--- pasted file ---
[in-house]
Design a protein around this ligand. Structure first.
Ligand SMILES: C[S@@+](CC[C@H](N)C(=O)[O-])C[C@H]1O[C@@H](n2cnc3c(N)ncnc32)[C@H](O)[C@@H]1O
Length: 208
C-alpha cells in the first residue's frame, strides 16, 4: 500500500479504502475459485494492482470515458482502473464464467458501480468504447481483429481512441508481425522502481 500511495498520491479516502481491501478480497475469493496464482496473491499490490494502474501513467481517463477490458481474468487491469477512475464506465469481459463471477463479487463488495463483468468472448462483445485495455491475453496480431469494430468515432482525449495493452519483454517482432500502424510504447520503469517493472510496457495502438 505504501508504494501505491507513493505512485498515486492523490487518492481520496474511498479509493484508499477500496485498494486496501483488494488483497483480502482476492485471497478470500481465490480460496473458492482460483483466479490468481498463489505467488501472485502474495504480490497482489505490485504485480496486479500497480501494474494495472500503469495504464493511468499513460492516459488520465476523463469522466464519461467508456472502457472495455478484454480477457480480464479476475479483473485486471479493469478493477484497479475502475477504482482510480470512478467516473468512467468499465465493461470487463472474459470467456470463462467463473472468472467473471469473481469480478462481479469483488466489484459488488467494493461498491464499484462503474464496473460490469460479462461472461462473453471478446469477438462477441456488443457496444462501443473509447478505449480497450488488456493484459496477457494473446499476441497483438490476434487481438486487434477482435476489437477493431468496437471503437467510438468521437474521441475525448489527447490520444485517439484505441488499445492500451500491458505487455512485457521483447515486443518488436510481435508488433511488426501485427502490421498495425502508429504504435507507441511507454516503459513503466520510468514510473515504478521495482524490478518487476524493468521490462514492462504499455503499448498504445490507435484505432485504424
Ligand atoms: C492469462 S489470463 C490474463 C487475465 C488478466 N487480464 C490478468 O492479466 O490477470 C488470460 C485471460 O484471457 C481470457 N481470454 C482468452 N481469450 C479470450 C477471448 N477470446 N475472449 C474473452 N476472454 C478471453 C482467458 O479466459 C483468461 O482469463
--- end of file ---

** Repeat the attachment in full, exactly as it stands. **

[in-house]
Design a protein around this ligand. Structure first.
Ligand SMILES: C[S@@+](CC[C@H](N)C(=O)[O-])C[C@H]1O[C@@H](n2cnc3c(N)ncnc32)[C@H](O)[C@@H]1O
Length: 208
C-alpha cells in the first residue's frame, strides 16, 4: 500500500479504502475459485494492482470515458482502473464464467458501480468504447481483429481512441508481425522502481 500511495498520491479516502481491501478480497475469493496464482496473491499490490494502474501513467481517463477490458481474468487491469477512475464506465469481459463471477463479487463488495463483468468472448462483445485495455491475453496480431469494430468515432482525449495493452519483454517482432500502424510504447520503469517493472510496457495502438 505504501508504494501505491507513493505512485498515486492523490487518492481520496474511498479509493484508499477500496485498494486496501483488494488483497483480502482476492485471497478470500481465490480460496473458492482460483483466479490468481498463489505467488501472485502474495504480490497482489505490485504485480496486479500497480501494474494495472500503469495504464493511468499513460492516459488520465476523463469522466464519461467508456472502457472495455478484454480477457480480464479476475479483473485486471479493469478493477484497479475502475477504482482510480470512478467516473468512467468499465465493461470487463472474459470467456470463462467463473472468472467473471469473481469480478462481479469483488466489484459488488467494493461498491464499484462503474464496473460490469460479462461472461462473453471478446469477438462477441456488443457496444462501443473509447478505449480497450488488456493484459496477457494473446499476441497483438490476434487481438486487434477482435476489437477493431468496437471503437467510438468521437474521441475525448489527447490520444485517439484505441488499445492500451500491458505487455512485457521483447515486443518488436510481435508488433511488426501485427502490421498495425502508429504504435507507441511507454516503459513503466520510468514510473515504478521495482524490478518487476524493468521490462514492462504499455503499448498504445490507435484505432485504424
Ligand atoms: C492469462 S489470463 C490474463 C487475465 C488478466 N487480464 C490478468 O492479466 O490477470 C488470460 C485471460 O484471457 C481470457 N481470454 C482468452 N481469450 C479470450 C477471448 N477470446 N475472449 C474473452 N476472454 C478471453 C482467458 O479466459 C483468461 O482469463